Recently I tallied four lessons social media marketers can learn from their demand generation counterparts. To recap: We social media pros can be more willing to be measured, more open to long-term planning, more focused on customer acquisition and more methodical in our approach to campaigns.
But just because social marketers have plenty to learn from those responsible for lead generation, it doesn’t mean we are seated at marketing’s “kid’s table.” There are also plenty of lessons we can share with DemandGen. Here are four big ones:
1. Machines Sometimes Need Breaking. DemandGen marketers, and their partners in marketing operations, build the heavy equipment that converts prospects into leads, leads into opportunities, and opportunities into customers. But sometimes this high performance engine needs to break. Sometimes we need to allow ourselves the flexibility to be spontaneous – with content, with campaigns, with creative. DemandGen’s machinery must be able to accommodate unplanned pushes, otherwise you aren’t always serving up the freshest content.
2. Your Belly Has a Brain Too. The absence of metrics doesn’t necessarily equal the absence of value. Some benefits cannot be measured. Because social media cuts horizontally across an organization, affecting everyone from HR to R&D to marketing to PR to sales to customer support, it’s going to take a while before we can accurately capture its full ROI. (After all, what’s the dollar value of a new idea, supplied by a customer, that inspires a new product?) Sometimes you just have to trust your instinct and feel what’s working. There’s no shame in that.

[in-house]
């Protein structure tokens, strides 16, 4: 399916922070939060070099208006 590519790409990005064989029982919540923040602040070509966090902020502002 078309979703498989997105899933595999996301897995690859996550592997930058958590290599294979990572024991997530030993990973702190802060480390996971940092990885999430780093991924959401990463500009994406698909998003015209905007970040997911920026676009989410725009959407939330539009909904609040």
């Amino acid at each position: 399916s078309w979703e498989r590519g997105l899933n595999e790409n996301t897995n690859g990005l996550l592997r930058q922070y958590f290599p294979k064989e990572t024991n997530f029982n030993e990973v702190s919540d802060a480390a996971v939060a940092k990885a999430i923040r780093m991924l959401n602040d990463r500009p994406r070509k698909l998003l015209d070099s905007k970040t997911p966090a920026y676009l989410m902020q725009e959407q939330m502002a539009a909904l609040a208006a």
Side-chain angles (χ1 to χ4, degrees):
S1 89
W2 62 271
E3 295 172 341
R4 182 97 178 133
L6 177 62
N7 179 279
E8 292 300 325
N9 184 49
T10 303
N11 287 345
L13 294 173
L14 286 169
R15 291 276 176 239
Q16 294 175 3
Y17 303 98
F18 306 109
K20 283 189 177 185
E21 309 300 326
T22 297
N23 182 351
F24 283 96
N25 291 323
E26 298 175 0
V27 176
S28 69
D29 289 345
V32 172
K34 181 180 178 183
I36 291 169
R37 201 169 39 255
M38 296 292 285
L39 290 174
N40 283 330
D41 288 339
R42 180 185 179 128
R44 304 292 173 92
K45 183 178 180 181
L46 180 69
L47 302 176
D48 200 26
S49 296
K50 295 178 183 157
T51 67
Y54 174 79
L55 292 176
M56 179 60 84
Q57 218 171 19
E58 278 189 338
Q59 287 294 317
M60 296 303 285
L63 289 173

3. Ferris Bueller Was Right. Boxer Joe Lewis famously said, “Everyone has a plan until they’ve been hit.” A lesson your demand generation team can learn from social is that the world is happening in real time, and almost all of it is outside of your control. Your customers, your competition, your influencers, even your staff are all consuming information in different ways, from different sources and across different channels. Your campaigns need to adapt to real-time way information moves across social channels. It's like the classic line from Ferris Bueller's Day Off: "Life moves pretty fast. If you don't stop to look around once in a while you could miss it."
4. You Can’t Play Tennis Alone. The best social media practitioners are skilled at the art of listening. They know that social channels are two-way channels. They reply to customers on Twitter, comment on influencers’ blogs, post on partners’ Facebook walls. They Like, +1 and give out Klout K’s. DemandGen marketers sometimes view the world through a one-way lens. They push messages out and measure consumption. The more this role can layer in listening, the more effective they will be.
So, conveniently, the social vs. demand battle ends in a four/four draw. What lessons don’t belong? Which did I overlook? We’re eager to hear your feedback.